Ante-Nicene Fathers/Volume III/Anti-Marcion/Against Praxeas/XXIX
Chapter XXIX.—It Was Christ that Died. The Father is Incapable of Suffering Either Solely or with Another. Blasphemous Conclusions Spring from Praxeas’ Premises.
Silence! Silence on such blasphemy. Let us be content with saying that Christ died, the Son of the Father; and let this suffice, because the Scriptures have told us so much. For even the apostle, to his declaration—which he makes not without feeling the weight of it—that “Christ died,” immediately adds, “according to the Scriptures,” in order that he may alleviate the harshness of the statement by the authority of the Scriptures, and so remove offence from the reader. Now, although when two substances are alleged to be in Christ—namely, the divine and the human—it plainly follows that the divine nature is immortal, and that which is human is mortal, it is manifest in what sense he declares “Christ died”—even in the sense in which He was flesh and Man and the Son of Man, not as being the Spirit and the Word and the Son of God. In short, since he says that it was Christ (that is, the Anointed One) that died, he shows us that that which died was the nature which was anointed; in a word, the flesh. Very well, say you; since we on our side affirm our doctrine in precisely the same terms which you use on your side respecting the Son, we are not guilty of blasphemy against the Lord God, for we do not maintain that He died after the divine nature, but only after the human. Nay, but you do blaspheme; because you allege not only that the Father died, but that He died the death of the cross. For “cursed are they which are hanged on a tree,”—a curse which, after the law, is compatible to the Son (inasmuch as “Christ has been made a curse for us,” but certainly not the Father); since, however, you convert Christ into the Father, you are chargeable with blasphemy against the Father. But when we assert that Christ was crucified, we do not malign Him with a curse; we only re-affirm the curse pronounced by the law: nor indeed did the apostle utter blasphemy when he said the same thing as we. Besides, as there is no blasphemy in predicating of the subject that which is fairly applicable to it; so, on the other hand, it is blasphemy when that is alleged concerning the subject which is unsuitable to it. On this principle, too, the Father was not associated in suffering with the Son. The heretics, indeed, fearing to incur direct blasphemy against the Father, hope to diminish it by this expedient: they grant us so far that the Father and the Son are Two; adding that, since it is the Son indeed who suffers, the Father is only His fellow-sufferer. But how absurd are they even in this conceit! For what is the meaning of “fellow-suffering,” but the endurance of suffering along with another? Now if the Father is incapable of suffering, He. is incapable of suffering in company with another; otherwise, if He can suffer with another, He is of course capable of suffering. You, in fact, yield Him nothing by this subterfuge of your fears. You are afraid to say that He is capable of suffering whom you make to be capable of fellow-suffering. Then, again, the Father is as incapable of fellow-suffering as the Son even is of suffering under the conditions of His existence as God. Well, but how could the Son suffer, if the Father did not suffer with Him? My answer is, The Father is separate from the Son, though not from Him as God. For even if a river be soiled with mire and mud, although it flows from the fountain identical in nature with it, and is not separated from the fountain, yet the injury which affects the stream reaches not to the fountain; and although it is the water of the fountain which suffers down the stream, still, since it is not affected at the fountain, but only in the river, the fountain suffers nothing, but only the river which issues from the fountain. So likewise the Spirit of God, whatever suffering it might be capable of in the Son, yet, inasmuch as it could not suffer in the Father, the fountain of the Godhead, but only in the Son, it evidently could not have suffered, as the Father. But it is enough for me that the Spirit of God suffered nothing as the Spirit of God, since all that It suffered It suffered in the Son. It was quite another matter for the Father to suffer with the Son in the flesh. This likewise has been treated by us. Nor will any one deny this, since even we are ourselves unable to suffer for God, unless the Spirit of God be in us, who also utters by our instrumentality whatever pertains to our own conduct and suffering; not, however, that He Himself suffers in our suffering, only He bestows on us the power and capacity of suffering.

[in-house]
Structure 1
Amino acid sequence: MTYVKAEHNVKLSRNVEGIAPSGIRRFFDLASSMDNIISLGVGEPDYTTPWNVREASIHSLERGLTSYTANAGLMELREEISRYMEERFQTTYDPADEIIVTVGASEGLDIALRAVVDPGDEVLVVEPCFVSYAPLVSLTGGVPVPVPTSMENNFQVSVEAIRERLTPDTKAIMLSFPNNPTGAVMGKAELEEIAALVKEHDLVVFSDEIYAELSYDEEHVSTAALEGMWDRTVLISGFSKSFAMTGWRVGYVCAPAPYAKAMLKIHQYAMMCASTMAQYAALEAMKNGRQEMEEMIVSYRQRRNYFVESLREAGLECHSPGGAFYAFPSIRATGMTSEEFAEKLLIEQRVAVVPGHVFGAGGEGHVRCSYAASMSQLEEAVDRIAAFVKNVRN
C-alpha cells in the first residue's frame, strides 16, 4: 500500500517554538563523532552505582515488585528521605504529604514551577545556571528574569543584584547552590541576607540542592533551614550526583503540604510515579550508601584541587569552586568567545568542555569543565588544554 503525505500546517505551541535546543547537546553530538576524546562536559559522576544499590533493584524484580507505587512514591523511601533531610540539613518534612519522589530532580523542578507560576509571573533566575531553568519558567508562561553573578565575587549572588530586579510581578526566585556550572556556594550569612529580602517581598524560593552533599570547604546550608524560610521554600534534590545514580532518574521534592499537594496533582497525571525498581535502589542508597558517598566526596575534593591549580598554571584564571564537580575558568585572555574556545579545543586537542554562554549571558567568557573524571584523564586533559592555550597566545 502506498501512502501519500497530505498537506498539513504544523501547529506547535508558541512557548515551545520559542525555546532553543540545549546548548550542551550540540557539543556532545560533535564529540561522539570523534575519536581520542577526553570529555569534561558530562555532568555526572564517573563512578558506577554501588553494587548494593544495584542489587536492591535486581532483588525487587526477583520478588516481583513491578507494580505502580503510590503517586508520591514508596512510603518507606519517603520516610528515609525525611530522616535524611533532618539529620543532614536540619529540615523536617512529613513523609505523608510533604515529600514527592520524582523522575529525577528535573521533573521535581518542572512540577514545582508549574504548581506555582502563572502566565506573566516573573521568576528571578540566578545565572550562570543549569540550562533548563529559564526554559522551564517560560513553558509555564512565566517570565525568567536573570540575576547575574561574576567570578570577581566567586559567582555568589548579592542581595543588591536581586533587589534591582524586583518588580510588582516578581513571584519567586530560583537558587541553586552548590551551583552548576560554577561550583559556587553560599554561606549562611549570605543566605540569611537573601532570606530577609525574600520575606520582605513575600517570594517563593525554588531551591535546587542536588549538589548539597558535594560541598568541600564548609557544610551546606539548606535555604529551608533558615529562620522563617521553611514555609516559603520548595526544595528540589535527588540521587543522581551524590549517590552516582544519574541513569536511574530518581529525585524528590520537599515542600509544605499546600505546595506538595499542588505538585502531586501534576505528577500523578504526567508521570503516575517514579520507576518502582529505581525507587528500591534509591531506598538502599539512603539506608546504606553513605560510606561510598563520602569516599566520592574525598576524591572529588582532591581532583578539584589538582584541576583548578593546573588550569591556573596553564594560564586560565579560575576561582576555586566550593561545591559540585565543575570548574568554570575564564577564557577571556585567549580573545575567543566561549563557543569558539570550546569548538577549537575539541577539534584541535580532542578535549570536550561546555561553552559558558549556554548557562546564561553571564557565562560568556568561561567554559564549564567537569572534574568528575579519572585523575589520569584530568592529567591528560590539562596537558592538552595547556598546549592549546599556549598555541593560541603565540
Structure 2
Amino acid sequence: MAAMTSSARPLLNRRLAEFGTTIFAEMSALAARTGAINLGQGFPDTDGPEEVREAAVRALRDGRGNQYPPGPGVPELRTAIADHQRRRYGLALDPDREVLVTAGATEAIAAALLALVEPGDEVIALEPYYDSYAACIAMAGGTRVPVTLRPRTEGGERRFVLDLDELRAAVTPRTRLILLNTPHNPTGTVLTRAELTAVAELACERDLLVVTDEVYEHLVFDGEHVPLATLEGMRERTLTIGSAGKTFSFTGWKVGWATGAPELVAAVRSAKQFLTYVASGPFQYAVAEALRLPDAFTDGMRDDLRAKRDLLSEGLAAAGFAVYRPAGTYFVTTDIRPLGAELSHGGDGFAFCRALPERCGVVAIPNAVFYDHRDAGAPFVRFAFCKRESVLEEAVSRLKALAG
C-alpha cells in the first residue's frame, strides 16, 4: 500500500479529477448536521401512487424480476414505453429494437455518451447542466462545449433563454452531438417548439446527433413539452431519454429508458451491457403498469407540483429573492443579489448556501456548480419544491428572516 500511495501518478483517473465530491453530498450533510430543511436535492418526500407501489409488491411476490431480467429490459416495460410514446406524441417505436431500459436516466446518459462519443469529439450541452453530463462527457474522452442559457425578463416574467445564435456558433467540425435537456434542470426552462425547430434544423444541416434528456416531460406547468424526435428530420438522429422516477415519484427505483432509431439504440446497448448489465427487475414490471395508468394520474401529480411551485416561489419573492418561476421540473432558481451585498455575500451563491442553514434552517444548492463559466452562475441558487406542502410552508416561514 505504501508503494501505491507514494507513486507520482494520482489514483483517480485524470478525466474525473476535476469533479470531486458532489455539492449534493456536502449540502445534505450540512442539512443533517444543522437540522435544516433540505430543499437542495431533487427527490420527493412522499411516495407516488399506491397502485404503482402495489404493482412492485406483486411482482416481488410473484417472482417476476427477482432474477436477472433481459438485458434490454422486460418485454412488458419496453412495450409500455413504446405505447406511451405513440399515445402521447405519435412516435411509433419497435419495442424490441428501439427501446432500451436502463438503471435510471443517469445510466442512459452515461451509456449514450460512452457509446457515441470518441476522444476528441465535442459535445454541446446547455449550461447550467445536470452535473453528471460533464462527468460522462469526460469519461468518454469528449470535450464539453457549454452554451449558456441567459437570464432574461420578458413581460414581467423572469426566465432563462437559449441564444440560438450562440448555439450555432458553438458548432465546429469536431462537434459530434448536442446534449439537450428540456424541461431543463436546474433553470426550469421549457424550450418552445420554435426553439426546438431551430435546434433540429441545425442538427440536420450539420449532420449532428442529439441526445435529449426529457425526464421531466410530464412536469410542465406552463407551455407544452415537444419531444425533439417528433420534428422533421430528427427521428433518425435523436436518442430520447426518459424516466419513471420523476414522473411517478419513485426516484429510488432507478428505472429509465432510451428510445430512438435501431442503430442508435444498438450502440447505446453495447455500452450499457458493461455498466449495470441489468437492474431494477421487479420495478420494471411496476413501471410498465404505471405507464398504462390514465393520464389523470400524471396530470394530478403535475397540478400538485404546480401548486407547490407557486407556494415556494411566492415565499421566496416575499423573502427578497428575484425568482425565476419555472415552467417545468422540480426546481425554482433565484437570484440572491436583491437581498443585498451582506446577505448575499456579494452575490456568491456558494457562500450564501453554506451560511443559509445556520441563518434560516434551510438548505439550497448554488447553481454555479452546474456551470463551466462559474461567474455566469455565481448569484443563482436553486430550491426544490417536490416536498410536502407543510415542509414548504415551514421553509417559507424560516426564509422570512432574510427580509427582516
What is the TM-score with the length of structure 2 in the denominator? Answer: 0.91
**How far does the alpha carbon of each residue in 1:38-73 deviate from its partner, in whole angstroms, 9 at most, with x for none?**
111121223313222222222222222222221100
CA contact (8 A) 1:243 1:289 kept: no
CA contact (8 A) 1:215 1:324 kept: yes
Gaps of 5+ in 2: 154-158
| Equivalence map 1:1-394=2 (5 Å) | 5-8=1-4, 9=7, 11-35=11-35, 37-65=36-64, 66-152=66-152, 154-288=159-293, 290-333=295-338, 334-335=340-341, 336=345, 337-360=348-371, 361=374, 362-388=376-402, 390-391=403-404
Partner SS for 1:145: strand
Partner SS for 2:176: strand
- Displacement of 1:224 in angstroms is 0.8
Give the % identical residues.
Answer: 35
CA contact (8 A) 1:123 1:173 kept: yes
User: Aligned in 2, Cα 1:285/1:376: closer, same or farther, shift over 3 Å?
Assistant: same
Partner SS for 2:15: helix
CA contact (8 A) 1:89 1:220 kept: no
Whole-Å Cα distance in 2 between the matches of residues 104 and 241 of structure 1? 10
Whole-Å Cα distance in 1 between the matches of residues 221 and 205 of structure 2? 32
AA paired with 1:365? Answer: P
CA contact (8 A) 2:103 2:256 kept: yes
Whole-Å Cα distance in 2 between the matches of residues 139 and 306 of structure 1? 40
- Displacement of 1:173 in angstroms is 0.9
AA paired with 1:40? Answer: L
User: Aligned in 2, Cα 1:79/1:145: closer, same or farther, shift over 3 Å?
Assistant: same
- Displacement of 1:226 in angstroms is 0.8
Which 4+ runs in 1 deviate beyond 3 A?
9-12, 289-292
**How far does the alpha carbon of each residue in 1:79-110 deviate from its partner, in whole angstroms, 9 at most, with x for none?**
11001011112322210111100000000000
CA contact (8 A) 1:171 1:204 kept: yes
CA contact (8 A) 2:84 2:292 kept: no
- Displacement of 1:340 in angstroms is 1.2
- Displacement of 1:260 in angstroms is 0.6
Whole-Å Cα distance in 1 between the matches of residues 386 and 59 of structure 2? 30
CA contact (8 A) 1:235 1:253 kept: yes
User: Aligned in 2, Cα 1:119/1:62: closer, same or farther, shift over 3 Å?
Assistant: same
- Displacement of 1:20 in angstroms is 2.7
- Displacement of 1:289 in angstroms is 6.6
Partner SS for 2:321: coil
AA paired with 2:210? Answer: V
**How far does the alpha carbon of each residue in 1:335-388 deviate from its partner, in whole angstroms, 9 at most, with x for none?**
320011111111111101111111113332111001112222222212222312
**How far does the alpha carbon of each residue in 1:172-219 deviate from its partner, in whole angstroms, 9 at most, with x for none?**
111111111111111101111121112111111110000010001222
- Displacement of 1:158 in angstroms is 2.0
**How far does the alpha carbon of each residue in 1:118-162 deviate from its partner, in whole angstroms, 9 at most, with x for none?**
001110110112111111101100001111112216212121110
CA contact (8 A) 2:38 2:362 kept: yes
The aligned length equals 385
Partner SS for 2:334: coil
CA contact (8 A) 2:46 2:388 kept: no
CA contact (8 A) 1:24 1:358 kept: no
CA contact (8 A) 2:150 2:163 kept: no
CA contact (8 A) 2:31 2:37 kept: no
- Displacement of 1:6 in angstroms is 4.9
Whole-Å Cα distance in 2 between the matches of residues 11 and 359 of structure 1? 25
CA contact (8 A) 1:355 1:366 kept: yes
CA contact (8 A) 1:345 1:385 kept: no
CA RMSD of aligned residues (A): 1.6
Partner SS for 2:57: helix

- 1 Cor. xv. 3.
- Gal. iii. 13.
- Same ver.
- Referimus: or, “Recite and record.”
- Deut. xxi. 23.
- Gal. iii. 13.
- [This passage convinces Lardner that Praxeas was not a Patripassian. Credib. Vol. VIII. p. 607.]
- That is, the divine nature in general in this place.
- That which was open to it to suffer in the Son.
- Suo nomine.
- De nobis.